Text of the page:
Popular posts from this blog

An intro to conditional validation and formatting in PowerApps (using SharePoint as a data source)

The Problem What if we need to create a form that changes it's behaviour based on the answer entered by the user.

For example, we need to build a leave request form that: Shows the comment field if applying for a sick leave, but hides the comment field if applying for a annual leaveRequires the requestor to write a comment if their sick leave is more than 1 day, but is optional if sick for just 1 day.  The default form interface for custom lists in SharePoint Online can be used for basic scenarios, but doesn't provide an easy way to add business logic described above (unless you want to write some javascript)

In the past InfoPath would have been the tool of choice for many, however this tool is now in maintenance mode and whilst it will still be supported for a wee while there will be no improvements or enhancements to the platform.

The Solution This is where PowerApps come in. PowerApps is now the platform that is recommended by Microsoft as a way for business users to create…

Uploading a file from a SharePoint document library into an Azure Blob Storage with Microsoft Flow (or Logic App)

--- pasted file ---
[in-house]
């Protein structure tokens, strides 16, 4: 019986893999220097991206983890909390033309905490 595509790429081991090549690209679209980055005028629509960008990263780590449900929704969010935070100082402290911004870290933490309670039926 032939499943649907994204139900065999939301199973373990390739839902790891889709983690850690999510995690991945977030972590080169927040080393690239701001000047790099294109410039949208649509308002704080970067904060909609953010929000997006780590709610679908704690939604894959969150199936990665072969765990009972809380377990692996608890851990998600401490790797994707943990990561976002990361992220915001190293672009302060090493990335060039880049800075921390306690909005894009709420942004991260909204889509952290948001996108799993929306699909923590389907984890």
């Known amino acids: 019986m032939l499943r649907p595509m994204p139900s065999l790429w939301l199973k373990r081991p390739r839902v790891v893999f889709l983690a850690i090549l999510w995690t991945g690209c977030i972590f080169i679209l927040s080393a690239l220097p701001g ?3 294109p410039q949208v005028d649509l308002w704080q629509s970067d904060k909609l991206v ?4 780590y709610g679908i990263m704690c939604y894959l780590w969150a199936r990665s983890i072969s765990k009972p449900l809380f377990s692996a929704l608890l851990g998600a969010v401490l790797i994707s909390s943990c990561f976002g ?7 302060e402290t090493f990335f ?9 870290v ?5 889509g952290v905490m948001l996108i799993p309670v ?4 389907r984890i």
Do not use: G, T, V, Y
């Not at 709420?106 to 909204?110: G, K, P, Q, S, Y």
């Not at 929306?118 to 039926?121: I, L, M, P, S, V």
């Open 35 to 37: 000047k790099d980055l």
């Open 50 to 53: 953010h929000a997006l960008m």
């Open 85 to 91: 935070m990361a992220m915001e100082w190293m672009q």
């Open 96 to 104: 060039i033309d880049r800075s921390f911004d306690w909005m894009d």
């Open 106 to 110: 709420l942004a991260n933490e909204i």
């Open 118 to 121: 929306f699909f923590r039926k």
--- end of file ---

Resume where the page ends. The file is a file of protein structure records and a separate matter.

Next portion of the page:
The Problem One of the things that I've been experimenting with lately is Microsoft Flow. The service allows you to build process automation to facilitate transfer of information from one system to another easily.

One scenario I wanted to try out is to be able to copy/move a file from SharePoint to an Azure Blob Storage. There are a number of reasons that you may want to do this:

Archive files that are no longer neededUpload a copy of a file (usually an image) into a Blob Storage so that images can be hosted in a CDN to optimize page load performance In the past doing something like this would have required some form of custom development e.g. a remote event receiver. However the introduction of Microsoft Flow and Logic Apps has created another alternative that is worth exploring....

Update 30/09/16: If you are looking to put your assets into a CDN to make it load faster, then it's worth checking out the new Preview Release Office 365 Public Content Delivery Network (CDN) capab…

Only show a control to an employee's manager in PowerApps (using SharePoint as a data source)

The Problem In my previous blog post, I wrote a basic tutorial on configuring PowerApps to conditionally show/hide and make mandatory/optional a control based on the answer provided in a previous control.
In this blog post we will expand on that scenario to create a form that only shows a control called approval status to a user if that logged in user is the manager of the user specified in the employee control.
This means when the manager is using the application, they can change the status to approved. Meanwhile, a user that is not a manager of the person specified in the employee cannot change the status to approved. The Solution Aside from containing a variety of native functions, PowerApps also allow us to add connections to add functionalities into our app. In this case we will add the Office 365 Users connection so that we can get information on: The user that is logged onThe manager of the user specified in the employee controlNote: Whilst this solution makes it difficult for …